|Bankim Chandra Chatterjee, born on June
26, 1838, was educated at the Hoogly College and belonged to an orthodox
family. He was offered the government post of Deputy Magistrate and Collector
which he accepted and held until he retired 1891.
He did for Bengali fiction what Michael
Madhusudan Dutt had done for Bengali poetry, that is, he brought in imagination.
Chatterjee was more fortunate than Dutt as he did not have to set up his
own diction from the very start. The prose style was already standardized;
what Chatterjee did was to break its monotony, shear off its ponderous
verbosity and give it a twist of informality and intimacy. Chatterjee's
own style grew up as he went on writing.
Chatterjee, following the discipline of
Isvarchandra Gupta, began his literary career as a writer of verse. Fortunately
he was not slow to feel that poetry was not his metier. He then turned
to fiction. His first attempt was a novel in Bengali submitted for a declared
prize. The prize did not come to him and the novelette was never published.
His first fiction to appear in print was Rajmohan's Wife. It was written
in English and was probably a translation of the novelette submitted for
the prize. Durgeshnandini, his first Bengali romance, was published in
1865. The next novel Kapalkundala(1866) is one of the best romances written
by Chatterjee. The theme is lyrical and gripping and, in spite of the melodrama
and the dual story, the execution is skillful. the heroine, named after
the mendicant woman in Bhavabhuti's Malatimadhava , is modelled partly
after Kalidasa's Sakuntala and partly after Shakespeare's Miranda.
The next romance Mrinalini(1869) indicates
an ameturishness and a definite falling off from the standard. It is a
love romance against a historical background sadly neglected and confused.
After this Chatterjee was not content to continue only as a writer of prose
romances, but appeared also as a writer with the definite mission of simulating
the intellect of the Bengali speaking people through literary campaign
and of bringing about a cultural revival thereby. With this end in view
he brought out monthly Bangadarshan in 1872. In the pages of this magazine
all his writings except the very last two works first came out. These writings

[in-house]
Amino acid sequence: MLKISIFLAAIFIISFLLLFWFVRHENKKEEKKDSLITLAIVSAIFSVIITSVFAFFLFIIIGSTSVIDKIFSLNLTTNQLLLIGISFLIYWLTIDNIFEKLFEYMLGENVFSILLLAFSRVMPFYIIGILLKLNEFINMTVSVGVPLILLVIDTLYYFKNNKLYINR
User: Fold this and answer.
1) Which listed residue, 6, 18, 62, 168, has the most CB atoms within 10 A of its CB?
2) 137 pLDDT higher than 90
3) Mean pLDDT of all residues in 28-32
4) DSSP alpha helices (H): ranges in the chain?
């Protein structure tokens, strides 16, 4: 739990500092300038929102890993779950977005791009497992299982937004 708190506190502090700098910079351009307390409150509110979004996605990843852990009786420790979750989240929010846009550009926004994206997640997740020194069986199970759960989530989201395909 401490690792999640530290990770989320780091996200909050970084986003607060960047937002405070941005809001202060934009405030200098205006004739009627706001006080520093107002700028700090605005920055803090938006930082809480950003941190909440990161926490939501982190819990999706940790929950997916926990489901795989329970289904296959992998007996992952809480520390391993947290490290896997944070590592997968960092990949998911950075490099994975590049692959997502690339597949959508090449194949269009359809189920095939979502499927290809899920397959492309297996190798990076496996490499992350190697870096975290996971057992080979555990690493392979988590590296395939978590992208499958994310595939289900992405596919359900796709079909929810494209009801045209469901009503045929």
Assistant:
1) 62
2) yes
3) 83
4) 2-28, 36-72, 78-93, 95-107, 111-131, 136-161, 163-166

include novels, stories, humorous sketches, historical and miscellaneous
essays, informative articles, religious discourses, literary criticisms
and reviews. Vishbriksha (The poison Tree, 1873) was his first novel to
appear serially in Bangadarshan.
Chandrasekhar (1877) suffers markedly from
the impact of two parallel plots which have little common ground. The scene
is once shifted back to eighteenth century. But the novel is not historical.
The plot has suffered from the author's weakness for the occult. The next
novel Rajani(1877) followed the autobiographical technique of Wilkie Collins'
A Woman in White. The title role was modelled after Bulwar Lytton's Nydia
in Last Days of Pompeii. In this romance of a blind girl, Chatterjee is
at his best as a literary artist. In Krishnakanter Uil (Krishnakanta's
Will, 1878) Chatterjee added some amount of feeling to imagination, and
as a result it approaches nearest to the western novel. The plot is somewhat
akin to that of Poison Tree.
The only novel of Chatterjee's that can
claim full recognition as historical fiction is Rajsimha (1881, rewritten
and enlarged 1893). Anandamath (The mission house of the Anandas, 1882)
is a political novel without a sufficient plot. It definitely marks the
decline of Chatterjee's power as a novelist. The plot of the meagre story
is based on the Sannyasi rebellion that occurred in North Bengal in 1773.
As fiction it can not be called an outstanding work. But as the book that
interpreted and illustrated the gospel of patriotism and gave Bengal the
song "Bande Mataram" (I worship mother) which became the mantra of nationalism
and the national song. Incidentally it gave tremendous impetus to the various
patriotic and national activities culminating in the terrorist movement
initiated in Bengal in the first decade of the twentieth century.
Devi Caudhurani by Chatterjee was published
in 1884. The story is romantic and interesting and delightfully told, no
doubt. Chatterjee's last novel Sitaram (1886) has for its theme the insurgence
of a Hindu chief of lower central Bengal against the impotent Muslim rule.
The central figure is well delineated but the other figures are either
too idealistic or impalpable.
After the novels, the humorous sketches
are the outstanding productions of Chatterjee. Kamalakanter Daptar (The
Scribbling of Kamalakanta, 1875; enlarged as Kamalakanta, 1885) contains
half humorous and half serious sketches somewhat after De Quincey's Confessions
of an English Opium-eater. It shows the writer at his best.
Bankim Chatterjee was superb story-teller,
and a master of romance. He is also a great novelist in spite of the fact
that his outlook on life was neither deep nor critical, nor was his canvas
wide. But he was something more than a great novelist. He was a path finder
and a path maker. Chatterjee represented the English-educated Bengalee
with a tolerably peaceful home life, sufficient wherewithal and some prestige,
as the bearer of the torch of western enlightment. No Bengali writer before
or since has enjoyed such spontaneous and universal popularity as Chatterjee.
His novels have been translated in almost all the major languages of India,
and have helped to simulate literary impulses in those languages.
Bankim Chandra Chatterjee passed away on
April 8, 1894.